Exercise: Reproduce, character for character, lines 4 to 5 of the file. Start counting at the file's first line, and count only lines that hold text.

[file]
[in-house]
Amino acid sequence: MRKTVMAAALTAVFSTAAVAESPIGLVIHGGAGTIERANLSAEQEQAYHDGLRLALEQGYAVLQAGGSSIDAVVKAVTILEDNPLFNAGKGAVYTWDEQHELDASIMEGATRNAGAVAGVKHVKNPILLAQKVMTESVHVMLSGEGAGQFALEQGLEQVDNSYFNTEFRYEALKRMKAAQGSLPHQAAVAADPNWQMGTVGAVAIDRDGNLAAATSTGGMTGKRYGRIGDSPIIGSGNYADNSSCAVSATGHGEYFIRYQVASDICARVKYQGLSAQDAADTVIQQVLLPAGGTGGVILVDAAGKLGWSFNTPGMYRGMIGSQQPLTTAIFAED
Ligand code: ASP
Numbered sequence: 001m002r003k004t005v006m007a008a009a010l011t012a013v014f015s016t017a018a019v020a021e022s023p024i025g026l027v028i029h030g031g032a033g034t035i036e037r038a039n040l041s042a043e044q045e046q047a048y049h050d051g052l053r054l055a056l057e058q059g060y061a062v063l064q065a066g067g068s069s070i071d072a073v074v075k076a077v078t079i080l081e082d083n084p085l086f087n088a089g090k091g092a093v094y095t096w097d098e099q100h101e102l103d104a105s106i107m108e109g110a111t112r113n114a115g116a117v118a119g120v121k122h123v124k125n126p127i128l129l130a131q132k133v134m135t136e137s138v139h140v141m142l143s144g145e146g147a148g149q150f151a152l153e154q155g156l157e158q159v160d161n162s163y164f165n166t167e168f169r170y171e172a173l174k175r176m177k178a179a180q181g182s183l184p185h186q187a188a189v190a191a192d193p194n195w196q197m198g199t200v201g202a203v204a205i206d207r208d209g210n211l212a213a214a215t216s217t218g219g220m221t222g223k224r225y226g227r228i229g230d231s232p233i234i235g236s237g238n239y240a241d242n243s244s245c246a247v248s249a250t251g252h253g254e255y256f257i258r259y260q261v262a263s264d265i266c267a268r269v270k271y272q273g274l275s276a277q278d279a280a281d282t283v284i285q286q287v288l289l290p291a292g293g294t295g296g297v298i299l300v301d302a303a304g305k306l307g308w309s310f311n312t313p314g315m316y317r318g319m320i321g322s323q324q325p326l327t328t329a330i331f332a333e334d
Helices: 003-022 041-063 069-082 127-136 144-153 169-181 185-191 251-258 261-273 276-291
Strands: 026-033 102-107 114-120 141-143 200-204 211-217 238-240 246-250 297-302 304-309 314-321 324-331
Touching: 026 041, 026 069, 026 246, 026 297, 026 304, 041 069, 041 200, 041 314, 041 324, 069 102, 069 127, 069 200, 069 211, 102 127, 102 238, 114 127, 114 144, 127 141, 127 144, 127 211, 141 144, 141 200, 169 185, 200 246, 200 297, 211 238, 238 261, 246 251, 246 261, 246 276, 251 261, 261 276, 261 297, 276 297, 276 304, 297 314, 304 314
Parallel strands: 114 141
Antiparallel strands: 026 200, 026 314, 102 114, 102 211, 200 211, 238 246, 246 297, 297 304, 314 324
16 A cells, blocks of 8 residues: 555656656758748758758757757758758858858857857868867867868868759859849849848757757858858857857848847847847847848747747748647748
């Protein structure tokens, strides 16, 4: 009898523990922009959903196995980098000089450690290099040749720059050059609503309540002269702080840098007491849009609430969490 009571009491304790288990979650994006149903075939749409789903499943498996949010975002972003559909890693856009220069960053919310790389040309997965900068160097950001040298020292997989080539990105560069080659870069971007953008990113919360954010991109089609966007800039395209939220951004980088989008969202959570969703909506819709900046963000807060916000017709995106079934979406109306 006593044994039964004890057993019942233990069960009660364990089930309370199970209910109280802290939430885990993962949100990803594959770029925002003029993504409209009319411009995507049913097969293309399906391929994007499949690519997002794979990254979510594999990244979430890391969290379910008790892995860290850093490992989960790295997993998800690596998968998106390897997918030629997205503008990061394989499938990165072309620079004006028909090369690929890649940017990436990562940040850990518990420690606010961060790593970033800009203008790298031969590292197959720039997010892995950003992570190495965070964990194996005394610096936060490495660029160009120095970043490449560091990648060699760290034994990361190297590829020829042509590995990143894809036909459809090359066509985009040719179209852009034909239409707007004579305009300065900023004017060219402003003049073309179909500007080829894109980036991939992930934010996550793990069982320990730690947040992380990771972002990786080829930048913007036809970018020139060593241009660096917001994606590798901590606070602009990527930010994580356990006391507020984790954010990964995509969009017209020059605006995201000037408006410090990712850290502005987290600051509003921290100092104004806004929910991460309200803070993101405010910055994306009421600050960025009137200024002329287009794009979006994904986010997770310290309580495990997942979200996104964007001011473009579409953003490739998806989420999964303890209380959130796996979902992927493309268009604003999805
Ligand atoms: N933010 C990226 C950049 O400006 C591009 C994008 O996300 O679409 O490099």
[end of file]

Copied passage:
Numbered sequence: 001m002r003k004t005v006m007a008a009a010l011t012a013v014f015s016t017a018a019v020a021e022s023p024i025g026l027v028i029h030g031g032a033g034t035i036e037r038a039n040l041s042a043e044q045e046q047a048y049h050d051g052l053r054l055a056l057e058q059g060y061a062v063l064q065a066g067g068s069s070i071d072a073v074v075k076a077v078t079i080l081e082d083n084p085l086f087n088a089g090k091g092a093v094y095t096w097d098e099q100h101e102l103d104a105s106i107m108e109g110a111t112r113n114a115g116a117v118a119g120v121k122h123v124k125n126p127i128l129l130a131q132k133v134m135t136e137s138v139h140v141m142l143s144g145e146g147a148g149q150f151a152l153e154q155g156l157e158q159v160d161n162s163y164f165n166t167e168f169r170y171e172a173l174k175r176m177k178a179a180q181g182s183l184p185h186q187a188a189v190a191a192d193p194n195w196q197m198g199t200v201g202a203v204a205i206d207r208d209g210n211l212a213a214a215t216s217t218g219g220m221t222g223k224r225y226g227r228i229g230d231s232p233i234i235g236s237g238n239y240a241d242n243s244s245c246a247v248s249a250t251g252h253g254e255y256f257i258r259y260q261v262a263s264d265i266c267a268r269v270k271y272q273g274l275s276a277q278d279a280a281d282t283v284i285q286q287v288l289l290p291a292g293g294t295g296g297v298i299l300v301d302a303a304g305k306l307g308w309s310f311n312t313p314g315m316y317r318g319m320i321g322s323q324q325p326l327t328t329a330i331f332a333e334d
Helices: 003-022 041-063 069-082 127-136 144-153 169-181 185-191 251-258 261-273 276-291